You might call it an import tuner's game, and you wouldn't be far from the truth. But at the heart of it, this is a pure car guy's game, and there is no rival.
After months and months and a year of delays, Sony's
The latest Gran Turismo offers more than 500 real car models of all varieties spanning the last 120 years (not a typo!), dating back to the 1886 Daimler Motor Carriage and 1886 Benz Patent Motor Wagon, and going forward to the new turbocharged 2005 Mazdaspeed 6 (sold as the Atenza in Japan), as well as several concept cars. Along with its usual stable of several generations of Japanese sports cars, GT4 will be the first in the series to include the BMW M3, referred to by some as the world standard for FR (front engine, rear wheel drive) sports cars. The new generation Ford
And with the growing popularity of the JGTC (the Japanese equivalent of NASCAR) -- which was brought on U.S. soil for the first time this past December -- the game features an expanded lineup of JGTC race cars, generally considered to be the fastest grand touring cars in the world. Import tuning fans will also appreciate cars from Japan's most famous tuning shops, including Amuse, Mine's, Spoon, and RE Amemiya.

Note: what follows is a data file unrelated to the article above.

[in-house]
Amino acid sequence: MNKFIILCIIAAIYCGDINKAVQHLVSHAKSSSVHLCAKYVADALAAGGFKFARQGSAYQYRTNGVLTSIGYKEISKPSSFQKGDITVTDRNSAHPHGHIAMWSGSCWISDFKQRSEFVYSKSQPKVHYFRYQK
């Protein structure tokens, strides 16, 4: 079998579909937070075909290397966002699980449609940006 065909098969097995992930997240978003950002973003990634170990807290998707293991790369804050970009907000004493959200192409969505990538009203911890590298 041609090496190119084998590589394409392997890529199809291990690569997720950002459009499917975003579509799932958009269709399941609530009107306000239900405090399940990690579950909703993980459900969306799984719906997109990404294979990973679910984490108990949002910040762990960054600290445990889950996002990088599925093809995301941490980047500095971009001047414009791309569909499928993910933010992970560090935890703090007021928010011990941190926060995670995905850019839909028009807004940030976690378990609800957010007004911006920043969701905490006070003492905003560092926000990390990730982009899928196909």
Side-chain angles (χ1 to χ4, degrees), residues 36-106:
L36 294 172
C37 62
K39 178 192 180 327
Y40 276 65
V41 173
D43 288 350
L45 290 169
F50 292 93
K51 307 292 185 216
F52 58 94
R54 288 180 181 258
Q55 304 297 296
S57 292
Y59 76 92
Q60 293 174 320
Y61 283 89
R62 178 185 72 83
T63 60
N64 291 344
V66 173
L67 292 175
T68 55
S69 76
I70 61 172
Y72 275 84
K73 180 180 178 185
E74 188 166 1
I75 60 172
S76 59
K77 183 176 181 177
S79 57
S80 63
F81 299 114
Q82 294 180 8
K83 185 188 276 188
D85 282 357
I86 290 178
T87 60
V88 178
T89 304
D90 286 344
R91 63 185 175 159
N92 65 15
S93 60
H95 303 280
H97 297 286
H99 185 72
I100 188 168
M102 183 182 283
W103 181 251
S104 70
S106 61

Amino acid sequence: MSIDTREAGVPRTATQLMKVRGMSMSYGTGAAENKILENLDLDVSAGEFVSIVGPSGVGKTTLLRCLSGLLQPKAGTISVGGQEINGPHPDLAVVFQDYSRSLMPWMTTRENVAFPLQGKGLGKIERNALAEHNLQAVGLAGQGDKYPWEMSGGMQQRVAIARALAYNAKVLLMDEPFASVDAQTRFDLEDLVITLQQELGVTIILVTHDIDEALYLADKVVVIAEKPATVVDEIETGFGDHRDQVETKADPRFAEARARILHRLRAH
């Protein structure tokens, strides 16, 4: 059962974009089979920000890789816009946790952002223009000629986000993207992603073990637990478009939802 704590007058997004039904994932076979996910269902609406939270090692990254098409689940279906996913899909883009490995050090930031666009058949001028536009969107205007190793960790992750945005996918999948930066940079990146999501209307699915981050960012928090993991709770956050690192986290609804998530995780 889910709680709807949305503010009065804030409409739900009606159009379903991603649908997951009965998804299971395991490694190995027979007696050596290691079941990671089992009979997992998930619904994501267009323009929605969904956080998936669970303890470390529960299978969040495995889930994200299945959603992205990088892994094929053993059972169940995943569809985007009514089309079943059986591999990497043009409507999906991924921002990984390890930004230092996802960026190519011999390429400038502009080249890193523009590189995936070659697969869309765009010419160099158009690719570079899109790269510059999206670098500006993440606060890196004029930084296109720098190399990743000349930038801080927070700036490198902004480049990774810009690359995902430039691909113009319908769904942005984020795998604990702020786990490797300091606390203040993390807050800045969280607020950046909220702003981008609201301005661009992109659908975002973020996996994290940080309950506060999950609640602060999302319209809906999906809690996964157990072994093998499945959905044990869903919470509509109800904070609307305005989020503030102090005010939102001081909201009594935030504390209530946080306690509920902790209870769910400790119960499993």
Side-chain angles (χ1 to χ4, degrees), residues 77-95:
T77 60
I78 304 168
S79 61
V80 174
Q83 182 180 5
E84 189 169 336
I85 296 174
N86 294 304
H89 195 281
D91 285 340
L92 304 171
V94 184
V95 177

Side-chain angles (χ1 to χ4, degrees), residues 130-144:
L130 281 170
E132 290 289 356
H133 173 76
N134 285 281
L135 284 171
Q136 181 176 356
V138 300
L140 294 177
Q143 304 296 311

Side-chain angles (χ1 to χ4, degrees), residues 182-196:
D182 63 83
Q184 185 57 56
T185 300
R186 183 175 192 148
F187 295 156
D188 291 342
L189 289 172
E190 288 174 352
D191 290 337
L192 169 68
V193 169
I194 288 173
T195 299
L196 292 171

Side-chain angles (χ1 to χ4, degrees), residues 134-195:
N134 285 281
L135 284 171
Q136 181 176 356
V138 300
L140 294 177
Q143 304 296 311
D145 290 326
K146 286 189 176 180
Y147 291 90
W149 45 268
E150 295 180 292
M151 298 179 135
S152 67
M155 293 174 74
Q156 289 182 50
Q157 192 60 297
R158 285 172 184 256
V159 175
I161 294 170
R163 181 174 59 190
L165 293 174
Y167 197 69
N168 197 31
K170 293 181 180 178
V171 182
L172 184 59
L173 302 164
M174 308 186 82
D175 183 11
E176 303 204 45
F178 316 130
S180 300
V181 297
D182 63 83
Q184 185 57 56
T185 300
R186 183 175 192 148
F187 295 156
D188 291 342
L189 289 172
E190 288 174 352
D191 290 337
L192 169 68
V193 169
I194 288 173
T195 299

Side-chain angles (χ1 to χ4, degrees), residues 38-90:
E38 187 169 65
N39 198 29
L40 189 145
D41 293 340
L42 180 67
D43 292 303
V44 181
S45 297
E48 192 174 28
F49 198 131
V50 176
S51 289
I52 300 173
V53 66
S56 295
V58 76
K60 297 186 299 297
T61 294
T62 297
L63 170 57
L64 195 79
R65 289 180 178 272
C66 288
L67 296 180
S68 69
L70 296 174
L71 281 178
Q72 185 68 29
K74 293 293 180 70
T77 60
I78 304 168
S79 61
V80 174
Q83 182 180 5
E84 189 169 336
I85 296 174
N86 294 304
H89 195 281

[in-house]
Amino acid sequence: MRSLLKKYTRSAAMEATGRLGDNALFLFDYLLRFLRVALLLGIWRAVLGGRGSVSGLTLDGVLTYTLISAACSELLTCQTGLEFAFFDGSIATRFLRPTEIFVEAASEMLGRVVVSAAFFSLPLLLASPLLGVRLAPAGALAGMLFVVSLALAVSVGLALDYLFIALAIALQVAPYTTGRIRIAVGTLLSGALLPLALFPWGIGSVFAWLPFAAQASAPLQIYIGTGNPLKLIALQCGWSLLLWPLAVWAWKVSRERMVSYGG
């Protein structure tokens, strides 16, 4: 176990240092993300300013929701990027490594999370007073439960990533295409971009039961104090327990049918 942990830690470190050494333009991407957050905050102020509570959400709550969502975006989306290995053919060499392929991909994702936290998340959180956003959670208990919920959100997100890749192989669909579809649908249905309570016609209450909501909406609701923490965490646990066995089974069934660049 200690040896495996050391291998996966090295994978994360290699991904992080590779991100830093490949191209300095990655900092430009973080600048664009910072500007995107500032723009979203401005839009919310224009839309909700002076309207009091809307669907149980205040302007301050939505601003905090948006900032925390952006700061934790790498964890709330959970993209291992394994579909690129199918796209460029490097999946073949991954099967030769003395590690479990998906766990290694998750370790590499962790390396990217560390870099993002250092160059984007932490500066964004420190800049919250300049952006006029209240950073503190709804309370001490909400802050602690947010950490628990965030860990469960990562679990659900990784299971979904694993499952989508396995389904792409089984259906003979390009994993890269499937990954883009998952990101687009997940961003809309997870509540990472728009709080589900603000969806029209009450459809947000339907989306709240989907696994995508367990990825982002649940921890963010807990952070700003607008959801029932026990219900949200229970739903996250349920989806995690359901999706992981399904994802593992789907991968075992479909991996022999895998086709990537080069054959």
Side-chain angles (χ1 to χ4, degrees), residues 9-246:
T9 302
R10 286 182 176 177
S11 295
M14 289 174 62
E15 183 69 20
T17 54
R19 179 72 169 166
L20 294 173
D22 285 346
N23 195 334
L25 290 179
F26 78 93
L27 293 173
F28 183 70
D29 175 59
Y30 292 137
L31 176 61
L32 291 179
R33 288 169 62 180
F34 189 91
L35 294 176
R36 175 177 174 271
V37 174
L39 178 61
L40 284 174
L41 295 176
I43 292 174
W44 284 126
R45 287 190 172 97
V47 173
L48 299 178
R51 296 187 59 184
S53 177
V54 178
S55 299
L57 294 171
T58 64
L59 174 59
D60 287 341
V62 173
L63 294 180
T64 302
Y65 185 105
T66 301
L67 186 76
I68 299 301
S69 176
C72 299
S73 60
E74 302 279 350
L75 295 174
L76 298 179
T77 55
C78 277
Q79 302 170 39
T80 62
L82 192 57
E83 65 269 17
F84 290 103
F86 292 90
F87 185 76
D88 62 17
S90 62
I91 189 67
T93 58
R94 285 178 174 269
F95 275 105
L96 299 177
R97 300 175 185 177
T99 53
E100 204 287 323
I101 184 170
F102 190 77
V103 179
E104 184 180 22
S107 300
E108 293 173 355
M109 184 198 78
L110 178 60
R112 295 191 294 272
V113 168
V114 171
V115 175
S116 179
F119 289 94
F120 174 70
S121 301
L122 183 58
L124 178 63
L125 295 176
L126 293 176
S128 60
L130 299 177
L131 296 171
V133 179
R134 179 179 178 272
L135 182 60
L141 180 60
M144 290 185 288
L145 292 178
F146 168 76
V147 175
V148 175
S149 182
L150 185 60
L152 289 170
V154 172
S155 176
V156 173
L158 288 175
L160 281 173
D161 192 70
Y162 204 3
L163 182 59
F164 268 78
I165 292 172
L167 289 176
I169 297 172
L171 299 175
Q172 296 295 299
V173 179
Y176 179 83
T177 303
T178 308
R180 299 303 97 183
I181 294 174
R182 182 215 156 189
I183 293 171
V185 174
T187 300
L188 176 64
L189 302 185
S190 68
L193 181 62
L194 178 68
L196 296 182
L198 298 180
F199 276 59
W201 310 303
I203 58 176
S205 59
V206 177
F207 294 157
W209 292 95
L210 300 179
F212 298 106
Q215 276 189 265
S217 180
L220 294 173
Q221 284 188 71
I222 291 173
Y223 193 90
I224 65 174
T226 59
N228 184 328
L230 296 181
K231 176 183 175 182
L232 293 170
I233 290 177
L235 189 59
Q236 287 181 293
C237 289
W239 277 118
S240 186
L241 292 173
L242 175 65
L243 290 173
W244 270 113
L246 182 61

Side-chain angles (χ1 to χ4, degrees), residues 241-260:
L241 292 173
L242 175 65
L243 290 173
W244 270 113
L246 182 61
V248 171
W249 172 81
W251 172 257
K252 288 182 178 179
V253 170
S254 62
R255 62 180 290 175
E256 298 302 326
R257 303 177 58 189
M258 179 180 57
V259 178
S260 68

In addition to realistic driving physics, what has set the Gran Turismo series apart since its inception is the ability to tune and upgrade the vehicles. You can upgrade your car's exhaust system, install a racing ECU, add a turbo, and tune your suspension settings to your liking -- just like in real life.
Racing in GT4 spans more than 50 courses on a wide range of tracks. These include real-world racetracks such as Tsukuba Circuit and Fuji Speedway in Japan, Laguna Seca in California, and Germany's famed Nurburgring. In addition, there are several fantasy tracks based in locations such as the Grand Canyon, New York, Tokyo, and even a drag race on the Las Vegas Strip! Among the usual race modes are off-road rally racing and endurance racing.
Motley Fool Stock Advisor
selection Electronic Arts
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